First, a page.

Why are you not proposing a two-way bikeway on the south side of Rainier Avenue?

While a two-way bikeway on the south side of Rainier would not require cyclists to cross driveways, this is not the safest option for cyclists on Rainier Avenue. A two-way bikeway would create complex conflict points at heavily trafficked intersections where drivers would need to look for vehicles, pedestrians, and two directions of bike traffic before making a turn. Drivers would need to look for cyclists traveling against the flow of vehicle traffic: this is an unexpected place for cyclists to be and could lead to collisions from drivers not spotting cyclists in time, especially when cyclists must cross Rainier to turn onto a side street.   

With the one-way bikeway design, drivers still need to look for cyclists in the bike lane when entering and exiting their driveways, however, the potential conflict points at driveways are less complex. This is because they have much lower vehicle volumes, vehicles are moving at much slower speeds, and they are only moving in two directions – in or out of the driveway – as opposed to intersections where hundreds of vehicles are moving in multiple directions and at varying speeds. Additionally, the fact that vehicles’ movements can be staged into two movements when exiting the driveways gives them more time to look for potential conflicts. Drivers first scan for pedestrians on the sidewalk and for cyclists in one direction before moving to the buffered area before they enter the travel lane, which would have improved sight lines under the proposed design. Here they can scan for moving vehicle traffic and make their turns safely.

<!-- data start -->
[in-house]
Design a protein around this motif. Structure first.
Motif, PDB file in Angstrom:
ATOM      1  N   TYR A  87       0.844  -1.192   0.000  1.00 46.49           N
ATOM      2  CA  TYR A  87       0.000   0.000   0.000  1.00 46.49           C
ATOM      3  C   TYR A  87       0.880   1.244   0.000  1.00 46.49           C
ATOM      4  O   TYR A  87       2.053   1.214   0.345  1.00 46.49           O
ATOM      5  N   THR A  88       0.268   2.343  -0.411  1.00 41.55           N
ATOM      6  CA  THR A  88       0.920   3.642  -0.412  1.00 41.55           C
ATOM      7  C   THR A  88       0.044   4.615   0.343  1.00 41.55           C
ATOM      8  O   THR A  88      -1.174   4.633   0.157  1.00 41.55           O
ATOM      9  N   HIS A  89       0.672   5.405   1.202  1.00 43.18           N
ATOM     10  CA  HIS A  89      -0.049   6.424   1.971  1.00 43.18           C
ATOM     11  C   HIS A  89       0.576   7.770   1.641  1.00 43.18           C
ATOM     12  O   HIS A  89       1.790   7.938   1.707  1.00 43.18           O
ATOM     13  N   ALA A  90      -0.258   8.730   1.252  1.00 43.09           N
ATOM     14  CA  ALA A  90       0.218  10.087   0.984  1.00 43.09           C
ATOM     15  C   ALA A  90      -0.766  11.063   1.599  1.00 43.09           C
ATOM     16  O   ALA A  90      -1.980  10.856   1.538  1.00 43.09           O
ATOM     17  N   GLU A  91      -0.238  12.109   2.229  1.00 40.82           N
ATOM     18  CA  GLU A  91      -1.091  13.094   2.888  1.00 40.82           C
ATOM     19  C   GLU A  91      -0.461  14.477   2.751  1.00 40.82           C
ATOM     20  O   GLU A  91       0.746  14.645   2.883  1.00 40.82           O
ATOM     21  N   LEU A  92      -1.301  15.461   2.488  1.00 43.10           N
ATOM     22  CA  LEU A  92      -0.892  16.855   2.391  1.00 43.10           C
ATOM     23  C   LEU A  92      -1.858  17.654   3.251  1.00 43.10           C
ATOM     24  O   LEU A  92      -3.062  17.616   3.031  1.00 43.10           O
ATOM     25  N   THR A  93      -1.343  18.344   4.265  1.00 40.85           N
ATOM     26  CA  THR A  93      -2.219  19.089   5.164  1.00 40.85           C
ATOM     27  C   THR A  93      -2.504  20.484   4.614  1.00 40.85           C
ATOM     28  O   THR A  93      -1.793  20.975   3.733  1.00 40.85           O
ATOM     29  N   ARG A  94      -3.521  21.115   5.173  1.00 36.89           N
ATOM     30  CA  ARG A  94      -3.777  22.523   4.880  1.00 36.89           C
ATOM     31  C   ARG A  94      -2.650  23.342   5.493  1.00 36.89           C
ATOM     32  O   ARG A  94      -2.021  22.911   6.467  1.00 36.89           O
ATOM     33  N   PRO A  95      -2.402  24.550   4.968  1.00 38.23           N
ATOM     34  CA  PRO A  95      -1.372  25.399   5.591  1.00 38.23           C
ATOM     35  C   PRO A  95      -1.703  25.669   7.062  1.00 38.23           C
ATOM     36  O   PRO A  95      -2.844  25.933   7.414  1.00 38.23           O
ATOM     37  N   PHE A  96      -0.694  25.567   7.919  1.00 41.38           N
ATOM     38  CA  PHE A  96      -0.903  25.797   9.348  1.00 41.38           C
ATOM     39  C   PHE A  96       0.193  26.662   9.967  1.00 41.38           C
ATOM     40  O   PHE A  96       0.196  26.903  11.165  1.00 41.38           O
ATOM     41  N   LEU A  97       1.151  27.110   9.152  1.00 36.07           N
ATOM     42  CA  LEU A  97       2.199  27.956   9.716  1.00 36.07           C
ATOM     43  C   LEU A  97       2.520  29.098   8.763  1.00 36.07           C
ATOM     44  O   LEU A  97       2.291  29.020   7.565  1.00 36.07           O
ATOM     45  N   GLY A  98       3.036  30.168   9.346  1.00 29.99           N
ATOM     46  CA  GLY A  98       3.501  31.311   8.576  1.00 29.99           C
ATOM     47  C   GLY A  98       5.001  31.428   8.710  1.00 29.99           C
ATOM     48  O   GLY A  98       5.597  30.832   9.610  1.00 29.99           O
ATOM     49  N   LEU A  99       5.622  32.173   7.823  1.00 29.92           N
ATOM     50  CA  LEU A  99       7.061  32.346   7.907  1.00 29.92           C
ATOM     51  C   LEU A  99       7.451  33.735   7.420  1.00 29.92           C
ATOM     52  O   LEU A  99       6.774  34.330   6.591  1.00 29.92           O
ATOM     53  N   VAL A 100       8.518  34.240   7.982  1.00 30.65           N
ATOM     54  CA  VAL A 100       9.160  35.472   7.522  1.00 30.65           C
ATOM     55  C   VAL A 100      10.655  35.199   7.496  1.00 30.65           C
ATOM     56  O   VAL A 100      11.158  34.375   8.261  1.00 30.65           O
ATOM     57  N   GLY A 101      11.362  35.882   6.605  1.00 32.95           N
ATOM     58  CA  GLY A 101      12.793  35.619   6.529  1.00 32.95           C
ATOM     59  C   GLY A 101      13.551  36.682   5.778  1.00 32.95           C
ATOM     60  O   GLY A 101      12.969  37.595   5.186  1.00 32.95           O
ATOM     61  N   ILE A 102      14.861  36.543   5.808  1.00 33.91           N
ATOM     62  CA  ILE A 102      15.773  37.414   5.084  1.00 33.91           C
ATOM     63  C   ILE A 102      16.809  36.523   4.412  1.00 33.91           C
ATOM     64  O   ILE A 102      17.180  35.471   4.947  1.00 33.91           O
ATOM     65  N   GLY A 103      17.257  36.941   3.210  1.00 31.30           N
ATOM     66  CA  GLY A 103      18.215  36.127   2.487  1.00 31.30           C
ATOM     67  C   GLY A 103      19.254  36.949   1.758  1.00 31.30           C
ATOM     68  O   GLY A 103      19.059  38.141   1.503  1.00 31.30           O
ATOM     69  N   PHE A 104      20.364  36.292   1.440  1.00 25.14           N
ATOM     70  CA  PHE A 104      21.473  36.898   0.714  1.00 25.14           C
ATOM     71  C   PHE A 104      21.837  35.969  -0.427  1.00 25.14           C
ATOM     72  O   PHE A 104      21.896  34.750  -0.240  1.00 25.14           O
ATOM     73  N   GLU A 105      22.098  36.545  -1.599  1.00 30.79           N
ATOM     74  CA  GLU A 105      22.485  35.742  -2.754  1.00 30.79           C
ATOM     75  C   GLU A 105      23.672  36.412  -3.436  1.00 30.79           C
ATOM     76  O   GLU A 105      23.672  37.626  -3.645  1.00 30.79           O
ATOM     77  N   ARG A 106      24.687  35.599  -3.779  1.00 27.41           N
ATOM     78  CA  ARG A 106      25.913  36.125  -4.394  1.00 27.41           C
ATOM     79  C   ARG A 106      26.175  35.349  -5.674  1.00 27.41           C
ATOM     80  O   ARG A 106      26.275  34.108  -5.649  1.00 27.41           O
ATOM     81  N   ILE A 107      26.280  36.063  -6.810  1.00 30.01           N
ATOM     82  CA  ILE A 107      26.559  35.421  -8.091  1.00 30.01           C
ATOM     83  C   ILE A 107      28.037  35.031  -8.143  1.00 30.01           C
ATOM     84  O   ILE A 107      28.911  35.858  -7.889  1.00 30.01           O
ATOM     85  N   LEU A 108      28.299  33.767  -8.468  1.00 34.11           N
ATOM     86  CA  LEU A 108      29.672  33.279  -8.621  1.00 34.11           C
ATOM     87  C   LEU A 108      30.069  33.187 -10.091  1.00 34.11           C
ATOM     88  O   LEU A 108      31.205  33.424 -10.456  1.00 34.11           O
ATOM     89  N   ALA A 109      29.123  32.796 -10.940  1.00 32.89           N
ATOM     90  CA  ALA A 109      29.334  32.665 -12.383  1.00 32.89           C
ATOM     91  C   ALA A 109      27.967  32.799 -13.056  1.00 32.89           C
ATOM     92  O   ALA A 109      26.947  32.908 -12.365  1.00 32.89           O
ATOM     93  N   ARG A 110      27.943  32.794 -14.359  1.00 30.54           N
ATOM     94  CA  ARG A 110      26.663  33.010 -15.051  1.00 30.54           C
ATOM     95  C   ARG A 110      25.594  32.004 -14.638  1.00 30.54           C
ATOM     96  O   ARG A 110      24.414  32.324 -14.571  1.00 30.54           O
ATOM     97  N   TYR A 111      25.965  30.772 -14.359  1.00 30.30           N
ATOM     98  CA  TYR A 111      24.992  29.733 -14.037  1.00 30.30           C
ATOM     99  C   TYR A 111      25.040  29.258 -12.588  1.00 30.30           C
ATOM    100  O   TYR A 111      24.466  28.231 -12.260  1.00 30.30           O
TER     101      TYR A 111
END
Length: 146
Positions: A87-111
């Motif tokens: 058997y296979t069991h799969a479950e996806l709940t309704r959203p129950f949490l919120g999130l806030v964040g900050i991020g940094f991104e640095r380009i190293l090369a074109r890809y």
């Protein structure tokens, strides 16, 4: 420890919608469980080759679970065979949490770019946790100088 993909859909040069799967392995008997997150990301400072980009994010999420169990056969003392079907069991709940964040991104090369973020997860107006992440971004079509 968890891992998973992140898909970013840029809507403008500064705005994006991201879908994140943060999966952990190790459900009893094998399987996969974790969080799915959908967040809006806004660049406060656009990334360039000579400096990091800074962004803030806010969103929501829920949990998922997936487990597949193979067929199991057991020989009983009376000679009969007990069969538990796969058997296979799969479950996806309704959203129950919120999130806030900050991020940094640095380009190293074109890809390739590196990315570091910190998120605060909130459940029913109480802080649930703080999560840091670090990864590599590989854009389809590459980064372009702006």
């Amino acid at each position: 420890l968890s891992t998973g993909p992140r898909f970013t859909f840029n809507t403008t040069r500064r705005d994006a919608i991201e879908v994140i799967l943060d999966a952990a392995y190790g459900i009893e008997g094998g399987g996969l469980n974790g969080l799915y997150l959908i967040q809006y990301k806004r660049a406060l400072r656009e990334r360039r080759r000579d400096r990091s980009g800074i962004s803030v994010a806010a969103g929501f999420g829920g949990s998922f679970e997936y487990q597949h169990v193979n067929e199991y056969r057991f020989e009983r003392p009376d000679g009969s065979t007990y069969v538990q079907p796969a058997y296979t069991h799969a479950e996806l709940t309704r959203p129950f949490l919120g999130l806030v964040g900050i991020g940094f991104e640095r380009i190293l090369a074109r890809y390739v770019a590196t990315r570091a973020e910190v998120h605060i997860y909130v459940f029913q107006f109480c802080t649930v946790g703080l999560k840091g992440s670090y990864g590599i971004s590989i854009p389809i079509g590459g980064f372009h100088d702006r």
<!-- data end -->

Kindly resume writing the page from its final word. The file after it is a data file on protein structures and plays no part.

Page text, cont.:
We strongly believe that installing a protected bikeway in each direction, one on each side, is the safest solution because it allows cyclists to more safely travel through and across Rainier Avenue compared to a two-way bikeway. This aligns with NACTO and FHWA guidelines, which recommend one-way bikeways instead of two-way bikeways when streets are wide enough to accommodate them, where there are destinations on both sides of the street, and where there are limited connections to other bike facilities.

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